As for SW in the Pacific, I agree with the Australian Senate dissenters. Radio Australia was a form of diplomatic "soft power" in the Pacific. And right now, Oz doesn't have a terrific rep in some areas of the SW Pacific, concerning the refugee situation there. I think the ABC's decision was based on using the budget to overserve the urban areas with unneeded DAB signals at the expense of serving rural people and nearby island neighbors with reliable broadcast service.

I applaud RNZI for filling the gap.
Spot on mate.
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Old 05-26-2018, 1:50 AM
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I'm thinking about all the "gotcha's" that FEMA isn't thinking about like a wide-area, long-duration power outage - not just California, but how about 5 western states for a week or more? Solar flare infrastructure breaking stuff.

1) No ac to power clock radios for am reception. That means most household trying to hunt down some "hello kitty" 9v portables. Either that or sit in the car draining the battery. Normal people.

2) Perhaps local AM stations have back-up generators. Great. How much petrol/gasoline is stored on site? A week's worth? Will the genny actually run that long - as most tests (if tested at all) may just be an hour or two here and there and not long term. Things happen. ATS switches burn, control panels blow... How about the local STL or studio-to-transmitter links - what if *that* is down... Nothing but dead air..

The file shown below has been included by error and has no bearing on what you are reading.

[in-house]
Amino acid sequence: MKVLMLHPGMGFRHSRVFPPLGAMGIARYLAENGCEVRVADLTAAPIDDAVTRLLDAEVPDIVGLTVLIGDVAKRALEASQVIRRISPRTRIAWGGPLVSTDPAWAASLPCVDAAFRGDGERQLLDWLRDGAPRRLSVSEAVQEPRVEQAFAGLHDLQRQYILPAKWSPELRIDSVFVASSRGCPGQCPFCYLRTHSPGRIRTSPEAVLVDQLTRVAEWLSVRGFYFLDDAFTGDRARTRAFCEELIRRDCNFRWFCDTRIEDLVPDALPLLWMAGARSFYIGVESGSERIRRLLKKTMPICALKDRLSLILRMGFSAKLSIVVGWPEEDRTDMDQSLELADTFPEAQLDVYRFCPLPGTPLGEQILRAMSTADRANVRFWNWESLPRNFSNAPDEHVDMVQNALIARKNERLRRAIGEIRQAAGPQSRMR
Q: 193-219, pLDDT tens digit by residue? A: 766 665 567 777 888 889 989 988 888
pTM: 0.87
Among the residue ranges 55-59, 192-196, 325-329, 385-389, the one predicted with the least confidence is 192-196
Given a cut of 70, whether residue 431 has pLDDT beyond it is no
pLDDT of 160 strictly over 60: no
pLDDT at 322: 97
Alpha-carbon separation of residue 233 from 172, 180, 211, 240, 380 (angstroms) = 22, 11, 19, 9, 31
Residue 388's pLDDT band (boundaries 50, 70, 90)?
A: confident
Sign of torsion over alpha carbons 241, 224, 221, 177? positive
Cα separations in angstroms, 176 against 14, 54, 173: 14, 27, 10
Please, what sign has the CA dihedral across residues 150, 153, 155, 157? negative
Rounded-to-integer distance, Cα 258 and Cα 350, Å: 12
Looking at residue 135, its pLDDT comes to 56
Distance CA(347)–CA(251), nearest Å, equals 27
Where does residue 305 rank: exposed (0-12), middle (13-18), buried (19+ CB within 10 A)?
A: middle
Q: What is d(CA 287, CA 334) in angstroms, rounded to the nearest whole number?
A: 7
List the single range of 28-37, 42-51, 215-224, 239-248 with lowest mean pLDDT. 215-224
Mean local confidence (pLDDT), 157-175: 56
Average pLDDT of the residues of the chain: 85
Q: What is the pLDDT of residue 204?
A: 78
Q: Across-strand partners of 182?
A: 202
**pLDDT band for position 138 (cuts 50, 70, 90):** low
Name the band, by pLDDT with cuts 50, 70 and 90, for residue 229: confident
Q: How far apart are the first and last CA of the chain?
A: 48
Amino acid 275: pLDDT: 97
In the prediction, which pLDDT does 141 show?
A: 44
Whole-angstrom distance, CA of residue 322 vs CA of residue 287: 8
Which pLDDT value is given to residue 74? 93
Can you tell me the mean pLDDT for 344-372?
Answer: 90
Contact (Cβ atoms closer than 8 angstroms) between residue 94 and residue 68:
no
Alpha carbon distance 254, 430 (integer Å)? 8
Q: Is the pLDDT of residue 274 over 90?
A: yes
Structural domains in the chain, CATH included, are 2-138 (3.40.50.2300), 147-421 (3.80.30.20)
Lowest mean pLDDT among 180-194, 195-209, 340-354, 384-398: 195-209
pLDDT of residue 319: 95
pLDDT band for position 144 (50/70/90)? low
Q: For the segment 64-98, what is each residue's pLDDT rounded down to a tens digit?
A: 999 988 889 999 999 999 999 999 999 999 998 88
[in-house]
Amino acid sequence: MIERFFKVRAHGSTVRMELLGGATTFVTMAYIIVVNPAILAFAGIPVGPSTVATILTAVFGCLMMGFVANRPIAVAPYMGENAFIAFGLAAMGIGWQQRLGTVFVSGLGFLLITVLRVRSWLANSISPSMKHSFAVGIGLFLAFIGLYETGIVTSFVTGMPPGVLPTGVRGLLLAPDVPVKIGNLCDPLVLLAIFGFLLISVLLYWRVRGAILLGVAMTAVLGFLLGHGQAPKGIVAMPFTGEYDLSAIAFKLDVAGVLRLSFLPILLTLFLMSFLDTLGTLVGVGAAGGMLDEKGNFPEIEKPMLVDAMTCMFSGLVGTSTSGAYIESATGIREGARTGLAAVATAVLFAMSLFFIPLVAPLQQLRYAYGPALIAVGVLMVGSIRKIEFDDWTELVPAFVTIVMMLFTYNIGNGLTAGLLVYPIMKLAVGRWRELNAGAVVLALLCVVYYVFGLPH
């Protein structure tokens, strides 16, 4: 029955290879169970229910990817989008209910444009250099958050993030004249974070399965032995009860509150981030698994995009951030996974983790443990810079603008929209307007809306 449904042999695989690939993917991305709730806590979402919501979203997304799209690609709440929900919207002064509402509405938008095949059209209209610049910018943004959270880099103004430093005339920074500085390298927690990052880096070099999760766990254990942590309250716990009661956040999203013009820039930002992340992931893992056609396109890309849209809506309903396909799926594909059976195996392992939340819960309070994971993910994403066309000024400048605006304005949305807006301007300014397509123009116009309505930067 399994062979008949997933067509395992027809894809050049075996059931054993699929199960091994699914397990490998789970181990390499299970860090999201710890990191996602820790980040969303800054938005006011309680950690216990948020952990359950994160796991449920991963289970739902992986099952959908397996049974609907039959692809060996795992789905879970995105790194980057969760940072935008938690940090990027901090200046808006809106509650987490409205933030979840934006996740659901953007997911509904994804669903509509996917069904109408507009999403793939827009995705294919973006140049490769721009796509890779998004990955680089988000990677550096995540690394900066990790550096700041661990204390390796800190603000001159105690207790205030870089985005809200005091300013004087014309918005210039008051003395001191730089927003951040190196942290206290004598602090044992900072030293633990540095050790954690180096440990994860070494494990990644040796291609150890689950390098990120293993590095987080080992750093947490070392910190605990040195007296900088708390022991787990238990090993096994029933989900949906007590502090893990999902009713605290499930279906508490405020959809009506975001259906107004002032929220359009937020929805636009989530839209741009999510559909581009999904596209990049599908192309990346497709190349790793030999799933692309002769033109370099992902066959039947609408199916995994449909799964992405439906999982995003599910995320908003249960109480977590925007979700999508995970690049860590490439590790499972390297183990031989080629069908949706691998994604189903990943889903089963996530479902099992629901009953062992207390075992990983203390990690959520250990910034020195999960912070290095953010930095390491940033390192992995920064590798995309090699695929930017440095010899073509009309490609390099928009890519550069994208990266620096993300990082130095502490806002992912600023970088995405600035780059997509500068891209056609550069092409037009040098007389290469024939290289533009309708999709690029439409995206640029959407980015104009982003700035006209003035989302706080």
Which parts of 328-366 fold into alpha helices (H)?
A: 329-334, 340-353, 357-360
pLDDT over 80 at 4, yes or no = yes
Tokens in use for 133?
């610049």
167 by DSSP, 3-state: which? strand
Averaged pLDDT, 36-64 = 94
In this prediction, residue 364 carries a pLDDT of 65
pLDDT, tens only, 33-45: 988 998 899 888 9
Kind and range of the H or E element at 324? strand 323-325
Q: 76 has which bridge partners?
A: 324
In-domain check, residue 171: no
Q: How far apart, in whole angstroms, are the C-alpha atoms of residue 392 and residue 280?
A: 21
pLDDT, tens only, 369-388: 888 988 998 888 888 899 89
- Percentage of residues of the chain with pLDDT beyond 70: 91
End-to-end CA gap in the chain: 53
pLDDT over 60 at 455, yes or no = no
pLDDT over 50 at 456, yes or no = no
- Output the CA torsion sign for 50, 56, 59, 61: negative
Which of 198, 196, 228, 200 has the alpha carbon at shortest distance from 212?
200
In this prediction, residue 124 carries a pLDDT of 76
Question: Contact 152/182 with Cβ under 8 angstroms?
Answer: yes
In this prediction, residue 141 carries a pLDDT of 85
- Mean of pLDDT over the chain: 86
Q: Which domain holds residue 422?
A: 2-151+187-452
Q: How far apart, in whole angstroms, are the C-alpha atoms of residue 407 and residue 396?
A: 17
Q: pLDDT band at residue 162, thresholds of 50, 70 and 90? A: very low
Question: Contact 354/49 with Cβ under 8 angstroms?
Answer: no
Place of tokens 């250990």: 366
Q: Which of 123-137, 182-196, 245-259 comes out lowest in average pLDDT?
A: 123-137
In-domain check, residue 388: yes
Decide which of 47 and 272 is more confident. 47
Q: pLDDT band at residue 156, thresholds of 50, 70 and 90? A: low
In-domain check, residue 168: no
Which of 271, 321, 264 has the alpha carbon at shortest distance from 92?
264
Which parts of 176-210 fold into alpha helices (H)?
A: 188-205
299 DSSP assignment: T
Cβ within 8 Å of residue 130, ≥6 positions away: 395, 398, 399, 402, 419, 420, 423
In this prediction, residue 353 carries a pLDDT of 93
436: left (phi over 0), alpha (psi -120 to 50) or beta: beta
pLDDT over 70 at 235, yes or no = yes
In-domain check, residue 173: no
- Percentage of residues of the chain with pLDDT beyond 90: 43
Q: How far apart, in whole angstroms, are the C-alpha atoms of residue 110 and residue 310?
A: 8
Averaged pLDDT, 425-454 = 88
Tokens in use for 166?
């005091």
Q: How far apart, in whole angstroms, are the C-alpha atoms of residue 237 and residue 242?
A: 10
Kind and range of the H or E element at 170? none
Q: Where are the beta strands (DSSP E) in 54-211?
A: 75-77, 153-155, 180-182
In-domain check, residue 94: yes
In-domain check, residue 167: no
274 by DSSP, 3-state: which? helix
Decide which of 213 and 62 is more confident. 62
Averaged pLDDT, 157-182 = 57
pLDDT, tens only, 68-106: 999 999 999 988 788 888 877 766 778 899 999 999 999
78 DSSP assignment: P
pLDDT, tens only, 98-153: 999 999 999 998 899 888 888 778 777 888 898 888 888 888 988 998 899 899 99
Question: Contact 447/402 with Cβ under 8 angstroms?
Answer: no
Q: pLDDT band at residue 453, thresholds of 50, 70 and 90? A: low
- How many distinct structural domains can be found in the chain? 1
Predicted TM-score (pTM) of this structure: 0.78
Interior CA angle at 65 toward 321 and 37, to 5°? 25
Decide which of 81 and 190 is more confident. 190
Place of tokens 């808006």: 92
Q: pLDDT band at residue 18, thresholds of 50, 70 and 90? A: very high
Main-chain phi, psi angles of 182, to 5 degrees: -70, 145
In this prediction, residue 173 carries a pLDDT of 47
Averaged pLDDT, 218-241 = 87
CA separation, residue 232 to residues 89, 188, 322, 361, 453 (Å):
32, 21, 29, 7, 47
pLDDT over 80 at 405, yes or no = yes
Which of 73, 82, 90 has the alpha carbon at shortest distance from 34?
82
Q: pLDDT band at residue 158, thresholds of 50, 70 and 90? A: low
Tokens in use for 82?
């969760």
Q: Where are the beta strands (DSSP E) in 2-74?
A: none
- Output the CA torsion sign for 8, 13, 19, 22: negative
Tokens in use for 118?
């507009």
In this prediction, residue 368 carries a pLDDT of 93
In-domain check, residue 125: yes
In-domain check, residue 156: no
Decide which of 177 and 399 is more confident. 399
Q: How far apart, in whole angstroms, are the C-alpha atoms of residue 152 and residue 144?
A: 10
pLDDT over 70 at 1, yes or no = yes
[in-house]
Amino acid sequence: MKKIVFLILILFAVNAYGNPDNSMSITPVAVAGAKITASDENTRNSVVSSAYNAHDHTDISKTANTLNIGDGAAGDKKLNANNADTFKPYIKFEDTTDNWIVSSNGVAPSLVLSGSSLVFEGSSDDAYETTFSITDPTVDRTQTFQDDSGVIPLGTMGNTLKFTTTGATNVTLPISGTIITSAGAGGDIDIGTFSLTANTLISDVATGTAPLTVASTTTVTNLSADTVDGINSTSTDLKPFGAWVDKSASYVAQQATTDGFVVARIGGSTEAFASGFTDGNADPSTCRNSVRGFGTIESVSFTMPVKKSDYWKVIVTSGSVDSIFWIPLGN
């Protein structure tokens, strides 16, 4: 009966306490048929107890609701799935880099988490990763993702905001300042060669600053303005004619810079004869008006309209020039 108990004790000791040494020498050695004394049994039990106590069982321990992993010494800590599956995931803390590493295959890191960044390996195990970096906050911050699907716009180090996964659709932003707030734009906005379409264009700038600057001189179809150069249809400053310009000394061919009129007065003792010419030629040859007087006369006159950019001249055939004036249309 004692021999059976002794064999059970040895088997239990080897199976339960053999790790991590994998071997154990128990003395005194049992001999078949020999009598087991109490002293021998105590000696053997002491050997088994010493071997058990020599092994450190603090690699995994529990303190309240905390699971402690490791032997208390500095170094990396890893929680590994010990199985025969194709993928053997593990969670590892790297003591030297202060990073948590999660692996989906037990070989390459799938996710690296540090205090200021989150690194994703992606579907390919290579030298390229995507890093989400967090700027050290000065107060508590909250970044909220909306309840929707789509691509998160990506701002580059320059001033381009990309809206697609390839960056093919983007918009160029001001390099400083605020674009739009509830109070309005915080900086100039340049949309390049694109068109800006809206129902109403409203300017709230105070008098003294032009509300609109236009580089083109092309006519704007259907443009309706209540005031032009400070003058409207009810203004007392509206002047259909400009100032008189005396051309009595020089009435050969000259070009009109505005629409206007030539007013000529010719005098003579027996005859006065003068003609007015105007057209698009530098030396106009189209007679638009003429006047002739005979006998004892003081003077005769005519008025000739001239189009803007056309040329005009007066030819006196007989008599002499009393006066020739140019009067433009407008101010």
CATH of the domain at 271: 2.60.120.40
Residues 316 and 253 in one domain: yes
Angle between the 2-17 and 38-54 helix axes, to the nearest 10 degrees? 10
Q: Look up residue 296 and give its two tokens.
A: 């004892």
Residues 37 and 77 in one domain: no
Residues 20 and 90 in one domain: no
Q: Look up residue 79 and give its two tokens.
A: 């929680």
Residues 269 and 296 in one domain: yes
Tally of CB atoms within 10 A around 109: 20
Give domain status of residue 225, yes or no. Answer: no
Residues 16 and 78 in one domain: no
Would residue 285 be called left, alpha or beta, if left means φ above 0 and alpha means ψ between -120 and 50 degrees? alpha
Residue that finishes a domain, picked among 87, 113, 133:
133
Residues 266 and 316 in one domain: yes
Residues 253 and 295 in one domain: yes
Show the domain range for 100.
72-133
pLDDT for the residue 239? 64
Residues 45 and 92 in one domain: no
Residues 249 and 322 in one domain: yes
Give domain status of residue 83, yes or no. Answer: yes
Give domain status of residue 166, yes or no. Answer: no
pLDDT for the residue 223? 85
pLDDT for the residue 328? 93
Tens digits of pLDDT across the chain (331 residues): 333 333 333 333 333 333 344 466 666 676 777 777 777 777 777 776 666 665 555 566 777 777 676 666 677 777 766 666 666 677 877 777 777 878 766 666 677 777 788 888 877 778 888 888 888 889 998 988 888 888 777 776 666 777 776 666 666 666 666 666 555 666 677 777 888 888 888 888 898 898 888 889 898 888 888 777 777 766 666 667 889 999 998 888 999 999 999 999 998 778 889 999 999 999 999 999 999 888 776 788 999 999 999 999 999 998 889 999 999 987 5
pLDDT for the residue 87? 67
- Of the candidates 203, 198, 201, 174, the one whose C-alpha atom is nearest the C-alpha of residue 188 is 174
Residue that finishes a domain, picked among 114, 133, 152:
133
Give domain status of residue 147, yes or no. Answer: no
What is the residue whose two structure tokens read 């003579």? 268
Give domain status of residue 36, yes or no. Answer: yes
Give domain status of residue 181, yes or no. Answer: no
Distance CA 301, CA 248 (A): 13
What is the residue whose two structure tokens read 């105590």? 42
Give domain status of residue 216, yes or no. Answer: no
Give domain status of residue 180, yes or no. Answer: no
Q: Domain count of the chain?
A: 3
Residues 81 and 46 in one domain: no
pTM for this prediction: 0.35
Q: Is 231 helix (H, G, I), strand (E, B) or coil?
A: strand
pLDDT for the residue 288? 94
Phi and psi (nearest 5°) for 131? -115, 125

Yep - no shortwave during the day. I'd be willing to wait for night time if that was the only reliable way to get info. The signals from Australia and New Zealand are booming and for me, have been solid for years through a few solar cycles now for me.

We can come up with all sorts of "what if" scenarios, but my emphasis was more akin to the old computer backup days of "off-site backup". In this case, it wouldn't even be in-country, and we'd rely on the high-power and perhaps highly directive antennas overseas which can easily overcome our minimum solar cycle. RNZI is doing that right now.